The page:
lemonade bottle review

5. Get approval

You will need to share the revised version with the same review group to get the approval needed to move the file to the next review group. If for some reason approval is not received, then you will need to make more corrections until you can finally move the file to the next step.

  1. More feedback rounds 

The number of review rounds depends on the number of review groups you have defined in step 1. After getting the approval from the first review group, move the file to the next review step. Receive a new round of feedback and edit the content as necessary, and share the revised version. Repeat until you receive approval from these stakeholders, then move the file to the next review step, and so on, until you have received feedback and approval from every stakeholder group.

approval workflow diagram7. Final approval

This means that your content has ticked off all the boxes that qualify your content as suitable for publish. After the last review group has given their approval, your content is completed and you can make use of the content as you deem fit. 

To manage all the steps listed above as easily as possible, we recommend using content review and approval software such as Filestage

This tool supports your content approval process all the way through: 

  • Set up your process with multiple review steps on a centralized platform
  • Invite unlimited reviewers
  • Track and manage all comments and annotations
  • Get the final approval

With a content approval software, you can organize your process and review documents, videos, images and audio clips all in one place. You are also able to collaborate with your team while keeping the entire process as transparent as possible.

Three Best Practices to Improve Your Content Approval Process

The goal of having a structured content approval process is to get a 'go-ahead' as soon as possible. Here are some tips that will get the whole process moving along smoothly and efficiently.

1. Give your reviewers clear instructions

Give your reviewers context on the project and what you expect from them to help them give precise and valuable feedback. For instance, if you have specific guidelines that each reviewer can tick off, that will speed up the process and reduce the chance of miscommunication.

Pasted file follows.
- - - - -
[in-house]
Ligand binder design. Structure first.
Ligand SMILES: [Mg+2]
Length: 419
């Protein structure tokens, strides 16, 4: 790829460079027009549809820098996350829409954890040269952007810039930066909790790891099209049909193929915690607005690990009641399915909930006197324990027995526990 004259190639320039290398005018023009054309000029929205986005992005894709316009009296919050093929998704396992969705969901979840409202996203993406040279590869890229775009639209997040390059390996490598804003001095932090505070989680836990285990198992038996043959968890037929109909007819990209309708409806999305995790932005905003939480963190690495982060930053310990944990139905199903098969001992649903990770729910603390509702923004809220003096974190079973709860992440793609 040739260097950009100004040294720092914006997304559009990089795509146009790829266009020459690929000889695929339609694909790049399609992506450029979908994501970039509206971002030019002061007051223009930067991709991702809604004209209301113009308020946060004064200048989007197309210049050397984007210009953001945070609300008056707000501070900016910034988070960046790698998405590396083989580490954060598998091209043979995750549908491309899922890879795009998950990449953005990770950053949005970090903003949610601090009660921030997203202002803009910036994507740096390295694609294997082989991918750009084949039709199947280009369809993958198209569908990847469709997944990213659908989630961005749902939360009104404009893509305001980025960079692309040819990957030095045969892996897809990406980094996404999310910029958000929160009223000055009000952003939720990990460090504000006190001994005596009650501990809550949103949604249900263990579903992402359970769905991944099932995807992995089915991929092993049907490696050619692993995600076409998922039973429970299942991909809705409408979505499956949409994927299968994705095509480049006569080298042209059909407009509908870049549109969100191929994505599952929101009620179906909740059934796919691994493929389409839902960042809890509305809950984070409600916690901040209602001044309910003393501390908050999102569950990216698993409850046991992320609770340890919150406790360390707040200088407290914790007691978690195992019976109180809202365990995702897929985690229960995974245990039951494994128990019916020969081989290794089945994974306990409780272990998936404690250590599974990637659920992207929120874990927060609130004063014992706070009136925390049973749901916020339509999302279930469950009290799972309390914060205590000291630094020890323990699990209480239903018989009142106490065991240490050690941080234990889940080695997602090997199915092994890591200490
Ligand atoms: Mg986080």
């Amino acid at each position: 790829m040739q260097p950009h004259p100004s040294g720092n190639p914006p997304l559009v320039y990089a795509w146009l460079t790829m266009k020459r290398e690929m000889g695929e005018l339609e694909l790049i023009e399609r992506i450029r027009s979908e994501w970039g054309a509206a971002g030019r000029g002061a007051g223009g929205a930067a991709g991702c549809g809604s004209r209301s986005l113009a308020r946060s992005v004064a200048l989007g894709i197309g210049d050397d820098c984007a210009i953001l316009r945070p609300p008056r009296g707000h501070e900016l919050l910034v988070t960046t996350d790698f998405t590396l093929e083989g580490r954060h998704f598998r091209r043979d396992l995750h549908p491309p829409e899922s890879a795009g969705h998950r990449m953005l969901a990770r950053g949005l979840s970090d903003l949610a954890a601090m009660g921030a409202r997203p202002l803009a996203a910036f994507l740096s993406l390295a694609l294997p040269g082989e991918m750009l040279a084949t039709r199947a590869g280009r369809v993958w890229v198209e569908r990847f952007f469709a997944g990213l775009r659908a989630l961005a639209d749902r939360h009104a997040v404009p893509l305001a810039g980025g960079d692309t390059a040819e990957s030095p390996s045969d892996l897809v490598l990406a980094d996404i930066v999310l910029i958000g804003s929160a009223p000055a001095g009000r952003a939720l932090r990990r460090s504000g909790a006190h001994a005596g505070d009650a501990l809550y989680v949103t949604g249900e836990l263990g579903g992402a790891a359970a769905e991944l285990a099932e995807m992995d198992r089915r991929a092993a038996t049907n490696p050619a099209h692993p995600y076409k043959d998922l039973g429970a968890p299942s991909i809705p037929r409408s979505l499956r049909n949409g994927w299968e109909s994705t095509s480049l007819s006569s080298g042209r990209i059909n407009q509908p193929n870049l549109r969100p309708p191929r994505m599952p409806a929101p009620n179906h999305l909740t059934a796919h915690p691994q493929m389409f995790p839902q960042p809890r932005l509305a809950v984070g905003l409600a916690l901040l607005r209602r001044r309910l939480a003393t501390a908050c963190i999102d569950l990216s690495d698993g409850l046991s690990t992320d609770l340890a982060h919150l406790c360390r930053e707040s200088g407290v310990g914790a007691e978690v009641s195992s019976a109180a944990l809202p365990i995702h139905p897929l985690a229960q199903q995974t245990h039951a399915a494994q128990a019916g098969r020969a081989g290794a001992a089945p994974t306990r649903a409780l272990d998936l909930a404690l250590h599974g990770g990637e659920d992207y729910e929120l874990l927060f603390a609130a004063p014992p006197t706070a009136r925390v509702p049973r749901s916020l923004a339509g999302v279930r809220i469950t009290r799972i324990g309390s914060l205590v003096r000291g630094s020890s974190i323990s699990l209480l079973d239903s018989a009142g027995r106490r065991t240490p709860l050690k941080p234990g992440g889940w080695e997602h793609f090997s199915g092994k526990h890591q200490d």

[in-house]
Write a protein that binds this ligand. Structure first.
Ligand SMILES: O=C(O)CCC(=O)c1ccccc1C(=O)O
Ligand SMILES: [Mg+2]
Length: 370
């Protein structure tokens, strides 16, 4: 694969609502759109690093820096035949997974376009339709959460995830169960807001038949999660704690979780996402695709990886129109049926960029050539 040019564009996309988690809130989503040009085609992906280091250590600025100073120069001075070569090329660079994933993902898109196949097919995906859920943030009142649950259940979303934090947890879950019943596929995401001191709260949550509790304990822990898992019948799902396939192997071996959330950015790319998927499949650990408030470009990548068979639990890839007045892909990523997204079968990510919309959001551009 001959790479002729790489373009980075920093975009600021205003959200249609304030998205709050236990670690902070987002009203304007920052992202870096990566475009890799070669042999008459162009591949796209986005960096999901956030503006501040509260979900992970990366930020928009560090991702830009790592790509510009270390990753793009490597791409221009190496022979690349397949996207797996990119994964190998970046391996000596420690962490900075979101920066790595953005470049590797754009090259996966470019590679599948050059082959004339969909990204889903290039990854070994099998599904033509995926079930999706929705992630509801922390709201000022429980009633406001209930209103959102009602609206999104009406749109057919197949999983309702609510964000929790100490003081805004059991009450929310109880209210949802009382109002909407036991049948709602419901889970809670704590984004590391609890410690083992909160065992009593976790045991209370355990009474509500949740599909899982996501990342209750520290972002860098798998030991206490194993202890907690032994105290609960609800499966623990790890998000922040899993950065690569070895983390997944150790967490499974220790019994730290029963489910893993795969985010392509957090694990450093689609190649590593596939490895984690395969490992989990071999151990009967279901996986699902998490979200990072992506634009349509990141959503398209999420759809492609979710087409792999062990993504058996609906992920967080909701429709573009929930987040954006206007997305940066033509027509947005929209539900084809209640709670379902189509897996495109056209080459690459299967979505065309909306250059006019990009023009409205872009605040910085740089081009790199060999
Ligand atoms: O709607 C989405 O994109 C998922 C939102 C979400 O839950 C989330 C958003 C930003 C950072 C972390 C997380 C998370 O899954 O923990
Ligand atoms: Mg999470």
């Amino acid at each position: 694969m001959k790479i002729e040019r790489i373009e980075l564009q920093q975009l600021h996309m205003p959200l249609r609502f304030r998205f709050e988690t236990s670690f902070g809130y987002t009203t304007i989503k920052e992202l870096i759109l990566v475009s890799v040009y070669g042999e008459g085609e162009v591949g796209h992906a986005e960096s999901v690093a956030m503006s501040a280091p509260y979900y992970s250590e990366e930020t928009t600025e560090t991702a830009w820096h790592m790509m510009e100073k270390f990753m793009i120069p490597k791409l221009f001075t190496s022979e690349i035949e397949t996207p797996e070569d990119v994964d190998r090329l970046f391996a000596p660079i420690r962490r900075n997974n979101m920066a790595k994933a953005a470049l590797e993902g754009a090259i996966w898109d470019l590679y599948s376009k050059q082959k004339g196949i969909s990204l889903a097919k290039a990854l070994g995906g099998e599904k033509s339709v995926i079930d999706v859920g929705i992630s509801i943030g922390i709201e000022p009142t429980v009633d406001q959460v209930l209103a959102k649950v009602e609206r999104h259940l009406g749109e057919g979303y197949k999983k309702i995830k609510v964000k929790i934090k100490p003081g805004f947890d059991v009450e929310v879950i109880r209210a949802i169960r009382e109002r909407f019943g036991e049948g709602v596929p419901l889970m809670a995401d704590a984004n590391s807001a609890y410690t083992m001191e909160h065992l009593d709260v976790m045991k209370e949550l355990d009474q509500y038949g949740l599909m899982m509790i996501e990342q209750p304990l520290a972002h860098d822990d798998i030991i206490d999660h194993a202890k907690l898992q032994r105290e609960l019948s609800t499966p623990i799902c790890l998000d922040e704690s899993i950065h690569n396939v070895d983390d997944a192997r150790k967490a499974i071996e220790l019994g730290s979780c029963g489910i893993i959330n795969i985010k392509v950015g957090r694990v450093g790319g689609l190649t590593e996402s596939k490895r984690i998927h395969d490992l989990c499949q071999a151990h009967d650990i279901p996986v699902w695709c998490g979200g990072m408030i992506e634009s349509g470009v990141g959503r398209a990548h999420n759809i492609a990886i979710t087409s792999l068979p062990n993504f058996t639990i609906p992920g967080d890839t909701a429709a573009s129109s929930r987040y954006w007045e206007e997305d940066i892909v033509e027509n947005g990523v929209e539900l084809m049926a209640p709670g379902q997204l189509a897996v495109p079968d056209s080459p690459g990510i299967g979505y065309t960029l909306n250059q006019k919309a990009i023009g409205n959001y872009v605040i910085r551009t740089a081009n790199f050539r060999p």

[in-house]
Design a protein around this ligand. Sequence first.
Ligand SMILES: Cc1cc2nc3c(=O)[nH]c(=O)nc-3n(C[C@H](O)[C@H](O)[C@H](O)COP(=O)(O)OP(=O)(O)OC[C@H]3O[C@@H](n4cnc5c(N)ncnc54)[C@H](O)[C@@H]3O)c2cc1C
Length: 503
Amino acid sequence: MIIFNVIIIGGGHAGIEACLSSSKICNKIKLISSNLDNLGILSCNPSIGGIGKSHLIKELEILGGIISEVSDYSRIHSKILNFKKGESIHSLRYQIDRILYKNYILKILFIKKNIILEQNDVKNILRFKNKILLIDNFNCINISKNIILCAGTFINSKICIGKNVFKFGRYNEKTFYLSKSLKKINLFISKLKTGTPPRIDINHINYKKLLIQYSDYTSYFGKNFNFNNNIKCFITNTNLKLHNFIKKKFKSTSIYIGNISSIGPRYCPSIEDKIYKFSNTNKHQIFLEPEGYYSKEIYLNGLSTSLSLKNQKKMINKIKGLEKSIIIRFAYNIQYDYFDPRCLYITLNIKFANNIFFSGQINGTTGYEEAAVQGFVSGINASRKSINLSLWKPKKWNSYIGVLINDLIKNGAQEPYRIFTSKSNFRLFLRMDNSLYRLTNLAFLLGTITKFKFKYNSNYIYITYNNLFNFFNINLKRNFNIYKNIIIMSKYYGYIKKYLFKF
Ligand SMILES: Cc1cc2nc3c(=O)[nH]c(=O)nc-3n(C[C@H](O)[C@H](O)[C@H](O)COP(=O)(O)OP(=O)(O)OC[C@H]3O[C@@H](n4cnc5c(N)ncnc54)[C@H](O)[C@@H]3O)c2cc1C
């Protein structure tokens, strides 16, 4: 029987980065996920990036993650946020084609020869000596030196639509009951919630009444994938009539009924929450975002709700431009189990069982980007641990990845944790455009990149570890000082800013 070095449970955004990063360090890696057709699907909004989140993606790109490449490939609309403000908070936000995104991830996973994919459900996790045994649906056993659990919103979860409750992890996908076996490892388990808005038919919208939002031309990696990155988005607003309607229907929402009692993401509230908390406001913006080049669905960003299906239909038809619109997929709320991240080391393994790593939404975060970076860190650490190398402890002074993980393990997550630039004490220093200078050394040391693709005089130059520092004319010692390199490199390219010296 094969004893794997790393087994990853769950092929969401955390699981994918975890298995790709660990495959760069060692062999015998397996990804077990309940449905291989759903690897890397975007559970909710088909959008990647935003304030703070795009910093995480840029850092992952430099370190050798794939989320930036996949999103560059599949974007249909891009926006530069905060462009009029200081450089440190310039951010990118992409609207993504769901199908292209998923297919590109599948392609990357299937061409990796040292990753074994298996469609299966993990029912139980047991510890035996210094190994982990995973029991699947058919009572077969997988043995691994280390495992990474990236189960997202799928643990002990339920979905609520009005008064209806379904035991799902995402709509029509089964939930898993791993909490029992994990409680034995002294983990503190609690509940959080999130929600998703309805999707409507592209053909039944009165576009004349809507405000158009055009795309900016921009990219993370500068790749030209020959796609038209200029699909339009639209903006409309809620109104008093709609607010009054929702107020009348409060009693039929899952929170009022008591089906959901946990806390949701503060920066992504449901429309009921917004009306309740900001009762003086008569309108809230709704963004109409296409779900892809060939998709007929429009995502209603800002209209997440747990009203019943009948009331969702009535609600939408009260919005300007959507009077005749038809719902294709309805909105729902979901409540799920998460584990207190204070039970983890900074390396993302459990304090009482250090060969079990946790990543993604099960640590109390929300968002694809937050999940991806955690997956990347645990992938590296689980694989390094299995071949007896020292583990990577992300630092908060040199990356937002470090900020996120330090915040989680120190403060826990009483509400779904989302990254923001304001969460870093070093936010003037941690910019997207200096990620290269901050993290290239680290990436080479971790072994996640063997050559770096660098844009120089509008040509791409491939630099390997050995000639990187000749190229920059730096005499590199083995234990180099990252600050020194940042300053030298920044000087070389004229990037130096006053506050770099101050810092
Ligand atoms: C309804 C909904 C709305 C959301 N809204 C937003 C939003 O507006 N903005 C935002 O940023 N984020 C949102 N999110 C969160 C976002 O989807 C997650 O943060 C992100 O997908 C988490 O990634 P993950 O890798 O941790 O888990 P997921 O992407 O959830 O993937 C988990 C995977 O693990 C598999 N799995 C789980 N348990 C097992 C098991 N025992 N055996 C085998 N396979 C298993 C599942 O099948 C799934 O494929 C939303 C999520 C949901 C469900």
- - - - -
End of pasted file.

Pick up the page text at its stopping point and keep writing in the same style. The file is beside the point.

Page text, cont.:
2. Set due dates for reviewers

It is important to let your reviewers understand that you will need their timely feedback or approval. They also have tasks and jobs that they need to get done. Hence, they may need a slight nudge regarding your particular content. Setting due dates for reviewers allows them to structure their time and tasks even better and allows you to get feedback and approvals on time.  

3. Make collaboration easy

The greater the number of stakeholders involved in the review round, the more varying and even conflicting feedback you might receive. That is why you should provide your stakeholders a shared platform where they can communicate with each other directly in the file to discuss different opinions and come to an agreement. Features like mentioning users, adding attachment to comments and making annotations in the file can streamline collaboration.   


Having many stakeholders involved in the content approval process doesn't have to be a hassle and time consuming. With a structured process and the support of content approval software it can be so much easier to collect feedback and get approval for your content. 

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Muriel is Content Manager at Filestage, an online proofing solution that frees teams from chaotic approval processes – making work more joyful and productive. From large enterprises to independent agencies, Filestage helps teams share, discuss and approve all their files, all in one place. Learn more at